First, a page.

Looking at the final numbers the BCS bats .500 in clean finishes

Take the "finally" out of the BCS finally getting it right. Maybe.

Much was made over the weekend about the BCS getting it "right:" Florida State vs. Auburn. There was a celebratory end to the Bowl Championship Series. That meant that in only three of the 16 seasons of the BCS did the top two differ from the final regular-season AP poll. Only in 2000, 20001 and 2003 did AP and the BCS disagree.

Ah, but there are some huge asterisks if you look at history ...

*The BCS wasn't able to account for the undefeated SEC champion in 2004. Auburn finished No. 3 in the BCS despite going 13-0 in regular season. The difference may have come down to schedule strength with Oklahoma playing Bowling Green and Auburn playing The Citadel in the nonconferfence. Bowling Green's AD the time, Paul Krebs, had scheduled the Falcons to play Auburn but OU offered more money. Krebs had been Oklahoma's ticket manager.

The omission eventually led SEC commissioner Mike Slive to start the ball rolling for a playoff. That year USC and Oklahoma, also undefeated, played in the championship game.

*In 2006, Michigan lost a bitter three-point game to Ohio State slipping from No. 2 to No. 3 in the second-last week of the season. There was talk of Michigan moving back up for a rematch if No. 2 USC lost. That's exactly what happened when UCLA knocked off the Trojans. But the voters and computers conspired to elevate Florida to that No. 2 spot. The Gators benefitted from playing an extra game in the SEC championship while Michigan sat home on the couch.

*2007 may have been the most contentious finish ever. LSU rocketed from No. 7 to No. 2 in the final BCS standings. That, after losing an overtime game at home to Arkansas prior to the SEC championship game.

Missouri and West Virginia were 1-2 going into the final week. However, Mizzou lost by three touchdowns to Oklahoma in the Big 12 title game while West Virginia was inexplicably upset by at home by Pittsburgh. That allowed Ohio State and LSU to move up. The Tigers, 11-2, beat out seven other two-loss teams from BCS conferences. The lesson to everyone but LSU: Don't lose late.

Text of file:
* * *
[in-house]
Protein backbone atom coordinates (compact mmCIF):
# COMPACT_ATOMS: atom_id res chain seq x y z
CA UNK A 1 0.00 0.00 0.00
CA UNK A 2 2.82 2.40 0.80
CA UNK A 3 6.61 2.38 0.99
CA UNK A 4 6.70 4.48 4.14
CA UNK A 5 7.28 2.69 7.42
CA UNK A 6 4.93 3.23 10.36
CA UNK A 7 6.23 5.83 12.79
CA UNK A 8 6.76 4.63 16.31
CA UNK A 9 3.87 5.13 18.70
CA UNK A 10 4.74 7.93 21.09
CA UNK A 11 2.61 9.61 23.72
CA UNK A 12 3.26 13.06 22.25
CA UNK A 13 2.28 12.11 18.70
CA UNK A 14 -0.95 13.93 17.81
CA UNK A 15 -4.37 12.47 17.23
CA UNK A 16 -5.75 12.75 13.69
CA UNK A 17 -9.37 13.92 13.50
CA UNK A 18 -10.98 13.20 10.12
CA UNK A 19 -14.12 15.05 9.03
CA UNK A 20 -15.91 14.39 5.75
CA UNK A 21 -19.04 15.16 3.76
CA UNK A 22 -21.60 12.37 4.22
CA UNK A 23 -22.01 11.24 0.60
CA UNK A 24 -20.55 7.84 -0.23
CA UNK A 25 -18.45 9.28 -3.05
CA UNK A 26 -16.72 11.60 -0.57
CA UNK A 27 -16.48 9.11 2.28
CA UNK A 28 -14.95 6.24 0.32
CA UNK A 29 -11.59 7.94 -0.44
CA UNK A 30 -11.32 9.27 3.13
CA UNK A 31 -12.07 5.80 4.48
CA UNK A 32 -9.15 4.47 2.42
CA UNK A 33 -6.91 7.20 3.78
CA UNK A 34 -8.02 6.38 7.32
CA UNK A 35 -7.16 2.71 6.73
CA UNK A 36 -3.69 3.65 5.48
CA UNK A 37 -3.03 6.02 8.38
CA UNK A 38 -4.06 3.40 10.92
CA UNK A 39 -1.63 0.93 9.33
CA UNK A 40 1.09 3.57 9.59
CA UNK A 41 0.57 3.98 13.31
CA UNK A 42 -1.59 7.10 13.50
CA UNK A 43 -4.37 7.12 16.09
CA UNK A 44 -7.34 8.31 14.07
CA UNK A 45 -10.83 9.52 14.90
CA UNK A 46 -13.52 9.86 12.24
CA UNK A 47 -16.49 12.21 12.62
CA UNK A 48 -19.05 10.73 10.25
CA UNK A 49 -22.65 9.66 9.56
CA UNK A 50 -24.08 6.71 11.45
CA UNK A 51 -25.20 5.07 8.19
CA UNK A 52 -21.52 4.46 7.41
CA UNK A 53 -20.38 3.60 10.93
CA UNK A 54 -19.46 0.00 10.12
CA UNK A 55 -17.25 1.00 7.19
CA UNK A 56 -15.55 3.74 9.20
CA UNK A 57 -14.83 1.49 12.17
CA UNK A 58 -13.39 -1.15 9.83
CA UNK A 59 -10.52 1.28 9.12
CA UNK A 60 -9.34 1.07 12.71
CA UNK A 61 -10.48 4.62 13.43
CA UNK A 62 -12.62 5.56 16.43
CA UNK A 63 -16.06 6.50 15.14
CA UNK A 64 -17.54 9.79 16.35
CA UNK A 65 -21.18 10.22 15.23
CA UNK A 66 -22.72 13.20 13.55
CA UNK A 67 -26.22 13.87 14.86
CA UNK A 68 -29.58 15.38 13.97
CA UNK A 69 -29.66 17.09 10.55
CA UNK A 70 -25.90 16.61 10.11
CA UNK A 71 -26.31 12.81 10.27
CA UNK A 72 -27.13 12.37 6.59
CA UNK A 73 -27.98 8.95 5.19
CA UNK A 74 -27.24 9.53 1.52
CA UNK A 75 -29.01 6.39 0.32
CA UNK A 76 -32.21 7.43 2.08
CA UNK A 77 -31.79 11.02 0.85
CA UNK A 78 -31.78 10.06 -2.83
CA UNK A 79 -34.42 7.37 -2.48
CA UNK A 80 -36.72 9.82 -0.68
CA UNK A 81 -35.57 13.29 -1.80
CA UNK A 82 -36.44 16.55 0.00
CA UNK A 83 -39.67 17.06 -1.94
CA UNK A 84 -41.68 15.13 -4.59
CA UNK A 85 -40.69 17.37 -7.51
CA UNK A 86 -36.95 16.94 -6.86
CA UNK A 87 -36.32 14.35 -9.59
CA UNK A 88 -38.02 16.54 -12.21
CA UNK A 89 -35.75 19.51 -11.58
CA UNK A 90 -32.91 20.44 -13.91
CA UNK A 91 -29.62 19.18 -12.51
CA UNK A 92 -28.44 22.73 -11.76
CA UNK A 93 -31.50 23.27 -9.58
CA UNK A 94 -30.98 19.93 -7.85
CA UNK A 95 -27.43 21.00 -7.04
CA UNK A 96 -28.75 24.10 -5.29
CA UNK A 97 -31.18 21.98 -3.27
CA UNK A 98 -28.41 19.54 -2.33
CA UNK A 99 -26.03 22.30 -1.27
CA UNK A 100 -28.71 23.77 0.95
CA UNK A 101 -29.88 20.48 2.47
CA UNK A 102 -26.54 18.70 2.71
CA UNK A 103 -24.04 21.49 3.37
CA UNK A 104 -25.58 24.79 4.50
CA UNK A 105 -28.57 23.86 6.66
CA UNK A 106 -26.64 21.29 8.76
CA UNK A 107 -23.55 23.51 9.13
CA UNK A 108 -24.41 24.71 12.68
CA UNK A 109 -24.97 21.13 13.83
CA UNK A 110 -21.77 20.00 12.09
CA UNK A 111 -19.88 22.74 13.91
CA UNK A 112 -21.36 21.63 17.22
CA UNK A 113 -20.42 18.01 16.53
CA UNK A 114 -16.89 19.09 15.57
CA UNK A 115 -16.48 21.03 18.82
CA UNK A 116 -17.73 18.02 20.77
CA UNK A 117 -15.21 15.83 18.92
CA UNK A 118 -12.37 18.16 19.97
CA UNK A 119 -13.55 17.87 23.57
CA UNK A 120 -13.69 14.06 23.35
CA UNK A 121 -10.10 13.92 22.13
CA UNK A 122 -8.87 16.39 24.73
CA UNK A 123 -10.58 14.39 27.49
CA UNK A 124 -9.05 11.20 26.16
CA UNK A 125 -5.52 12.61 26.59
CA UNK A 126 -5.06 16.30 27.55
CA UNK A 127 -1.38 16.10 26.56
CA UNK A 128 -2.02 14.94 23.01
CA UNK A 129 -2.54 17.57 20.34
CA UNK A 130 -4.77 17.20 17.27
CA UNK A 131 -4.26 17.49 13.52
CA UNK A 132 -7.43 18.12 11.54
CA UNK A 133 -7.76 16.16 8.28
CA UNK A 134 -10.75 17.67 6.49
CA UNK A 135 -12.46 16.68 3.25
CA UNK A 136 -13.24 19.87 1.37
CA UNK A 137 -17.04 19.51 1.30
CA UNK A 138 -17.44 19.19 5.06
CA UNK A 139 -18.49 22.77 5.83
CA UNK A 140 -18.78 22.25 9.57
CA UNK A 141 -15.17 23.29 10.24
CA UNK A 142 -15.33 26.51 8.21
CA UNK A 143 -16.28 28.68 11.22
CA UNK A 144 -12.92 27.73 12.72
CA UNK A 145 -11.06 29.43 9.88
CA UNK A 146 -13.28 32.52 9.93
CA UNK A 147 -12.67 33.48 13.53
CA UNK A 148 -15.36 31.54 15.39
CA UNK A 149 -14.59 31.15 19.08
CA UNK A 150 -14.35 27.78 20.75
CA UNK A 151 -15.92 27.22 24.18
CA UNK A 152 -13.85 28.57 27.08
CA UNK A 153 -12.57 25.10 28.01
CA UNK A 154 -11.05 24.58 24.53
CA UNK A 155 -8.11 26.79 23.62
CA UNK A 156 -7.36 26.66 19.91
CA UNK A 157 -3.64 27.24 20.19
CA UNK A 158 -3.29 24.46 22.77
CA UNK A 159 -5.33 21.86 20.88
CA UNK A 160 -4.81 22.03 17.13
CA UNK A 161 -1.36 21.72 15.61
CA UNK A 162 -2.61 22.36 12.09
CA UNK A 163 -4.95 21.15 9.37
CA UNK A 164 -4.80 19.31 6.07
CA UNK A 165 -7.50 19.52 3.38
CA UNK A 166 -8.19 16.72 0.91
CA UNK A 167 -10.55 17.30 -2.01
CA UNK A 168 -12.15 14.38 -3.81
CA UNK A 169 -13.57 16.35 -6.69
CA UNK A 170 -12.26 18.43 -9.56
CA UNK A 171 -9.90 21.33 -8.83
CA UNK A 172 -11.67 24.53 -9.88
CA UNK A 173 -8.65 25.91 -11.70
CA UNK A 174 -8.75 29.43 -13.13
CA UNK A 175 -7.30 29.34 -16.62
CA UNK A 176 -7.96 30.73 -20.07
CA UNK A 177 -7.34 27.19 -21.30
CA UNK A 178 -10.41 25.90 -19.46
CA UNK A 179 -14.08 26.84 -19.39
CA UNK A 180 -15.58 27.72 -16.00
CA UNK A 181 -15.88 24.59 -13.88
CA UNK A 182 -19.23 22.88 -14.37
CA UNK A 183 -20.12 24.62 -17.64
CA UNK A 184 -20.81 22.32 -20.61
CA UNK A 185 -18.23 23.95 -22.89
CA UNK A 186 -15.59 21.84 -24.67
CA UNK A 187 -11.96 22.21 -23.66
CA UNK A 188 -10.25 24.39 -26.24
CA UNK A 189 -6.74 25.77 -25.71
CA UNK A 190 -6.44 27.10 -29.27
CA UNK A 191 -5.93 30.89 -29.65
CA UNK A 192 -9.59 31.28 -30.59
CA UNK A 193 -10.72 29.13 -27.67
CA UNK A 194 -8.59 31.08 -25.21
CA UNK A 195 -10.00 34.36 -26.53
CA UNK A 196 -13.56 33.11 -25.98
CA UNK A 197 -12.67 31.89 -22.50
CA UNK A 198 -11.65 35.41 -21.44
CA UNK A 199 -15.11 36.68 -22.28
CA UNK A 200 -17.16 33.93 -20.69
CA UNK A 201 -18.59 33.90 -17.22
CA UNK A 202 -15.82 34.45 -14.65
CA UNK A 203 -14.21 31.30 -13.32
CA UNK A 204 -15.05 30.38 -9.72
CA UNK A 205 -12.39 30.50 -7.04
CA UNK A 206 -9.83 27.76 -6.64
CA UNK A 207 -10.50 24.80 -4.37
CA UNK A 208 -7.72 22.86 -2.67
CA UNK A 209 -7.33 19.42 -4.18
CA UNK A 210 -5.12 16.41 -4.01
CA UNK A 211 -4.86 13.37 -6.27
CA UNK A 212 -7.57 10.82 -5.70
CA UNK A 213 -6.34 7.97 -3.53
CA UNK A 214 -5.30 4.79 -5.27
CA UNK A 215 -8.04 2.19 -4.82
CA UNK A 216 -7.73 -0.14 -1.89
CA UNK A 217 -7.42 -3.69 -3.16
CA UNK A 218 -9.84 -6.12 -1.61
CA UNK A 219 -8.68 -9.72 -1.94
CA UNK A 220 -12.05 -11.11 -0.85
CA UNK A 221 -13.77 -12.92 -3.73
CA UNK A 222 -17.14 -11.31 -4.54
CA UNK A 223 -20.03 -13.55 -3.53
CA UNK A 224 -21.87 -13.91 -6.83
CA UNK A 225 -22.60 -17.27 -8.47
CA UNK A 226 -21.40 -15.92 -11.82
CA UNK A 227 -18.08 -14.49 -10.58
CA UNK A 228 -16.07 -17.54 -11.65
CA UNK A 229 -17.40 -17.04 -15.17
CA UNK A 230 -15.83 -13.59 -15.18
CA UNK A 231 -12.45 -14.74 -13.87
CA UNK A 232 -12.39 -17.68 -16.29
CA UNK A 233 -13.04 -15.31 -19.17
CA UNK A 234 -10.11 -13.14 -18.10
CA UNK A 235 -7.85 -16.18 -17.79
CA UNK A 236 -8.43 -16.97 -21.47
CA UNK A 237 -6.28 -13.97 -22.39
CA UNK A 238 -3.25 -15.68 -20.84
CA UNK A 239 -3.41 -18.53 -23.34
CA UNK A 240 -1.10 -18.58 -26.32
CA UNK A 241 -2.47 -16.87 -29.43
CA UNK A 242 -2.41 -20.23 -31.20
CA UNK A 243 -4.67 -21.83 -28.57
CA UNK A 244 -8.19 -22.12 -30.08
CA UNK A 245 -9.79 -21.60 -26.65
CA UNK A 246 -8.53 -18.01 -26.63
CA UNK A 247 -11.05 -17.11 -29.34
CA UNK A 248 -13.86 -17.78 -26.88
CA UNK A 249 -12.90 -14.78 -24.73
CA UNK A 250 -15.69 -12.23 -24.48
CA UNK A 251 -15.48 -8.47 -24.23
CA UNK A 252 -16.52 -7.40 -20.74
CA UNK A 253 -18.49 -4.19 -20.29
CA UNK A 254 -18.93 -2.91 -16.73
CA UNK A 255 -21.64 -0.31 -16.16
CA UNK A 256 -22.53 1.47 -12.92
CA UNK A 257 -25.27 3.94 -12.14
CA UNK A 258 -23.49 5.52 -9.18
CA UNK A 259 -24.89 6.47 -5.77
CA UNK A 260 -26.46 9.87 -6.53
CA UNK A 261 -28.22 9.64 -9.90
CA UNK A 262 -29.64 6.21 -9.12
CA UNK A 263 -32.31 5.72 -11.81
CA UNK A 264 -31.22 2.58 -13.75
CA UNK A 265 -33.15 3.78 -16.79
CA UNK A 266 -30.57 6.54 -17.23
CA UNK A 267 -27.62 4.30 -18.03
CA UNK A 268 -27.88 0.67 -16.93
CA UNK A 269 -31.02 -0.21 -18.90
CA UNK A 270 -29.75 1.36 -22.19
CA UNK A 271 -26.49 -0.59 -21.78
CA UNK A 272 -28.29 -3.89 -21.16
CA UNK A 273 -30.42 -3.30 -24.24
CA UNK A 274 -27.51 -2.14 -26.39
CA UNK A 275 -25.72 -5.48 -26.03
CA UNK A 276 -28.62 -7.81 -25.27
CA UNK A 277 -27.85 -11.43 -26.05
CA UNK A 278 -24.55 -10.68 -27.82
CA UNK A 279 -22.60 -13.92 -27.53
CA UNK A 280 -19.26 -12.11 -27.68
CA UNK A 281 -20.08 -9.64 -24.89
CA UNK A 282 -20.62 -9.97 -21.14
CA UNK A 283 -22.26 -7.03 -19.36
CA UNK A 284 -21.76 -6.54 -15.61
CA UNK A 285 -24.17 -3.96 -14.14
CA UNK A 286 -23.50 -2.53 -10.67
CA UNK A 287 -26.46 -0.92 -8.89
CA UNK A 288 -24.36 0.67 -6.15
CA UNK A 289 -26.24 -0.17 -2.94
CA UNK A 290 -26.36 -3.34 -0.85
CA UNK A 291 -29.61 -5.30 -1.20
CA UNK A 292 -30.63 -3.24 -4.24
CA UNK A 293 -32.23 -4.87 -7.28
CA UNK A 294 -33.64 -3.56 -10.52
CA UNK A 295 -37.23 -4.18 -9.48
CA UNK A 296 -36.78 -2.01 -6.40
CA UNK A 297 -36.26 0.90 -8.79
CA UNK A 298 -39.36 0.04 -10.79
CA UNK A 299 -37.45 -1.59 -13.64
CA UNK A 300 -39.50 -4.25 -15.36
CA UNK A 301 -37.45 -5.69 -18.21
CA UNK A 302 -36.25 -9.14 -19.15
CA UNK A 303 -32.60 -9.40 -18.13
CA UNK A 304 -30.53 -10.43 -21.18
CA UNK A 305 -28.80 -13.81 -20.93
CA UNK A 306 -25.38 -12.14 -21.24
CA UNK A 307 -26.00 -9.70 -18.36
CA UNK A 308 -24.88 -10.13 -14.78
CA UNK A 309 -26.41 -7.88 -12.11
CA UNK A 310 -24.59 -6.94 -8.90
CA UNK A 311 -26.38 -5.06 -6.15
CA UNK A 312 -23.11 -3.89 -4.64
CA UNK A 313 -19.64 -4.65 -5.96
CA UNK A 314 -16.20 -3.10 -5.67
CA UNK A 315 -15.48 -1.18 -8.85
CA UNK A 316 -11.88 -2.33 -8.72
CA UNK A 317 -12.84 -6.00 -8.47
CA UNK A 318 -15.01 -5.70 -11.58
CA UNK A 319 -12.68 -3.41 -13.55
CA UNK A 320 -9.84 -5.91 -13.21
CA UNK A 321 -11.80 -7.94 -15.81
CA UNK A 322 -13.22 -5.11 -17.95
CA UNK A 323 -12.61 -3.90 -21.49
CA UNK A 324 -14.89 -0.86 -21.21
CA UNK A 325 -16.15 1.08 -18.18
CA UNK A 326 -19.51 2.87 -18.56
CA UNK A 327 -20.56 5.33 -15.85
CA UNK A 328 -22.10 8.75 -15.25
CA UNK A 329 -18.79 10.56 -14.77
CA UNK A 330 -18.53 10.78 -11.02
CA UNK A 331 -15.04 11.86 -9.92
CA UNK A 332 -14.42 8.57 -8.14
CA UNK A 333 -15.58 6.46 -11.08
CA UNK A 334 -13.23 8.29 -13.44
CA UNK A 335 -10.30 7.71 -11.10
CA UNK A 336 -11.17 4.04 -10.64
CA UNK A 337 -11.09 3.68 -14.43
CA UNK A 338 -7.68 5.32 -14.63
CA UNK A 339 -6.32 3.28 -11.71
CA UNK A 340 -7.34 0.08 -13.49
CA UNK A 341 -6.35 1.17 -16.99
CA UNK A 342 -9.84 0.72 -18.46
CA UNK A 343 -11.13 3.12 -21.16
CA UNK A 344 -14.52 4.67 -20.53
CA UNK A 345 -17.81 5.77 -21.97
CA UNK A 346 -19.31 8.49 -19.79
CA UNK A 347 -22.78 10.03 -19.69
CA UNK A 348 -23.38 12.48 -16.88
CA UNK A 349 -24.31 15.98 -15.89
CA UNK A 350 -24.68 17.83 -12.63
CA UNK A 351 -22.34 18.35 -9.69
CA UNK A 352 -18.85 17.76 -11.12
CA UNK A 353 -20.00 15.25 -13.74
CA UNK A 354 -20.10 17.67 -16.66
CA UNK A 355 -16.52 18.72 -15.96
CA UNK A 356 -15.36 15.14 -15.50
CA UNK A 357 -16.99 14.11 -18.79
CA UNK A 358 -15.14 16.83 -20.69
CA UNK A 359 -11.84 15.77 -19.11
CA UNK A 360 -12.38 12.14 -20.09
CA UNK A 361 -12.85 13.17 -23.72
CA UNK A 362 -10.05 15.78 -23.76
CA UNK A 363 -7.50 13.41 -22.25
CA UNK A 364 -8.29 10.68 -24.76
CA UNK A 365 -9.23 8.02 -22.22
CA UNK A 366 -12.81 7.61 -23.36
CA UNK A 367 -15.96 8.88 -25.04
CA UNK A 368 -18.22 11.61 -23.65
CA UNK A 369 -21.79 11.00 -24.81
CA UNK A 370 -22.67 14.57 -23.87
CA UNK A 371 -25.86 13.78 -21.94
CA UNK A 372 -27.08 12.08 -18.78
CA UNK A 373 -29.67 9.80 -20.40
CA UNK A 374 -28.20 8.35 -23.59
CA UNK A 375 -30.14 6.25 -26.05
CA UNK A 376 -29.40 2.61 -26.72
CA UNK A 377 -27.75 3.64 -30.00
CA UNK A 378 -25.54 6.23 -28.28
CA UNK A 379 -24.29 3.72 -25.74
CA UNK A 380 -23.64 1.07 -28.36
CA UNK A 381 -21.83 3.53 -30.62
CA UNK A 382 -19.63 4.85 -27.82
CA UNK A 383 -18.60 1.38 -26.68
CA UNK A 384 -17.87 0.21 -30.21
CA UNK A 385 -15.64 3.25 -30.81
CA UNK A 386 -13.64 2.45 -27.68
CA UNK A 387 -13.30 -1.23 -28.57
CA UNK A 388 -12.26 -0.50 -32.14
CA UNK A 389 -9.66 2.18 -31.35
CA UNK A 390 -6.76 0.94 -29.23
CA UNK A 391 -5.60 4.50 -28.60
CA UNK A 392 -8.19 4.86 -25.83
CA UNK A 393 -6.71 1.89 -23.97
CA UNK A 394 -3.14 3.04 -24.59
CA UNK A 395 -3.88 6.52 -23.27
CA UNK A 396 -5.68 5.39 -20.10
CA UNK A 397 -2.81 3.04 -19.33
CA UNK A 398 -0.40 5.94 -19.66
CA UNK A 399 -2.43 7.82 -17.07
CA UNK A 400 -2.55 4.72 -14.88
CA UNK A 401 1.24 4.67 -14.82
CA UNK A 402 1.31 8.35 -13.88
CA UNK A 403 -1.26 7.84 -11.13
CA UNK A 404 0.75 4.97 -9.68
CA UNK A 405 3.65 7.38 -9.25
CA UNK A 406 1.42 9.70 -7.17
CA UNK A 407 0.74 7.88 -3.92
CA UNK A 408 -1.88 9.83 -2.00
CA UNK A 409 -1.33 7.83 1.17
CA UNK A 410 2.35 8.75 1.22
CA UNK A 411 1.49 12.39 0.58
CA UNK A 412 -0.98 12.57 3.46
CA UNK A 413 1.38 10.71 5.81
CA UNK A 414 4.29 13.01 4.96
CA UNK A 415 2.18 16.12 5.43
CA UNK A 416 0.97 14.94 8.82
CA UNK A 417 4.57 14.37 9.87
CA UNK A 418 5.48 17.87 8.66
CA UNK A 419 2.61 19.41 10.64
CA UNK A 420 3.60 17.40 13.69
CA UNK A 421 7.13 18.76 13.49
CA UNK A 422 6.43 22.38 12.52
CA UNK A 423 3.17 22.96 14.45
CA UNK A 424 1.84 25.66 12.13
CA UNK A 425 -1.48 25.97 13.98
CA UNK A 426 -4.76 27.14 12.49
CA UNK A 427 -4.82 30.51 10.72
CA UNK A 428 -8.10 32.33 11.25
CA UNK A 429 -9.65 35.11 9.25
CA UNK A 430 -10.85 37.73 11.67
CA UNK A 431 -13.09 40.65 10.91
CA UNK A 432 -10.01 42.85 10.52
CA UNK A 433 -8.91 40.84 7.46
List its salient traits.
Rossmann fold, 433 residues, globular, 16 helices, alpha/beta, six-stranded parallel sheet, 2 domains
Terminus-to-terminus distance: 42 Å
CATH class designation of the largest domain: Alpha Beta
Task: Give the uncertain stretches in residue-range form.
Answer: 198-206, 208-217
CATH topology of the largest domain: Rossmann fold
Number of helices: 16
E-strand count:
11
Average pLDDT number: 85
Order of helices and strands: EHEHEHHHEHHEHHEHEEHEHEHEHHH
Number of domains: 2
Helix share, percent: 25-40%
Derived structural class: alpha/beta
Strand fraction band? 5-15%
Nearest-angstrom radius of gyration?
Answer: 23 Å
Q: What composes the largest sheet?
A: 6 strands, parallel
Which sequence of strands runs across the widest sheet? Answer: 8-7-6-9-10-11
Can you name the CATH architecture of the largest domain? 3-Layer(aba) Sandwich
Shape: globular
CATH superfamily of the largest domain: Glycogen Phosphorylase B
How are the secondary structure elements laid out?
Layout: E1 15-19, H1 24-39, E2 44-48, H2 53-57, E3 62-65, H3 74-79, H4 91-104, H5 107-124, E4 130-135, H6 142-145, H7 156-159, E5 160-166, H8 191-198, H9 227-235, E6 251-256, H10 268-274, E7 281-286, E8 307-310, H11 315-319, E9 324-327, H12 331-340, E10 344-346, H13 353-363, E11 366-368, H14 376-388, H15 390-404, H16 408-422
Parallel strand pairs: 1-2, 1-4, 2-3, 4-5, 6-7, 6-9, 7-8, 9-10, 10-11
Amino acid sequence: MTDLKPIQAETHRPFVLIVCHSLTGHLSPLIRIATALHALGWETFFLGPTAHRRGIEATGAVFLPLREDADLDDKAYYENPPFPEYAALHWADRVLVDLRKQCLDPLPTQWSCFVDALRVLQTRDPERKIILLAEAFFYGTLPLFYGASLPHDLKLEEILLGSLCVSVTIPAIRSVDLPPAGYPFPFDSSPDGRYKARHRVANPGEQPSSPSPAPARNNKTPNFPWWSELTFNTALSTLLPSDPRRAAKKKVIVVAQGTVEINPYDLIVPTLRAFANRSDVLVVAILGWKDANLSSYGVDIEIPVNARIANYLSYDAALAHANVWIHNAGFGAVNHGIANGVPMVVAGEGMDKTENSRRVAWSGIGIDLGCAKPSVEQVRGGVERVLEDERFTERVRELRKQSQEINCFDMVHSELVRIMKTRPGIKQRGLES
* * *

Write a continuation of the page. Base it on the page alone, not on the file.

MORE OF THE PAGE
*2008 was anything but smooth. Oklahoma got into the Big 12 title game after winning a three-way tiebreaker in the Big 12 South. The Sooners finished above Texas (and Texas Tech) despite losing to the Longhorns. The tiebreaker was the BCS standings at the time. The margin for OU -- .0028 of a point -- might as well be branded into the side of Bevo. That allowed the Sooners to play the extra game in the Big 12 title game that allowed it to move into the top two and play Florida for the championship.

*We didn't know until the final week of the 2010 season whether No. 1 Auburn would have its quarterback. Cam Newton was finally cleared the week of the Iron Bowl after the NCAA determined his father had solicited money for his services at Mississippi State. However, the NCAA concluded Newton had no knowledge of his father's actions. Once cleared, Newton rallied the Tigers from a 24-0 deficit in the Iron Bowl and led a BCS title game win over Oregon,

*In the Grandaddy of Them All, Alabama lost at home in the first week of November to LSU. However, an Oklahoma State loss at Iowa State a couple of weeks later allowed the Tide to climb back into the top two. The final BCS standings led to a further call for a playoff: LSU-Alabama in a rematch that no one but the participants and their fans wanted to see.

So taking those five finishes into account only eight of the 16 BCS seasons were "clean". Not all those seasons were directly attributable to the BCS but it wasn't exactly 13 out of 16.

Anyone in need of a credential from all the BCS title games? Dennis Dodd has them. In three decades in the business, he's covered everything from the Olympics to Stanley Cup to conference realignment. Just get him on campus in a press box in the fall. His heart lies with college football.
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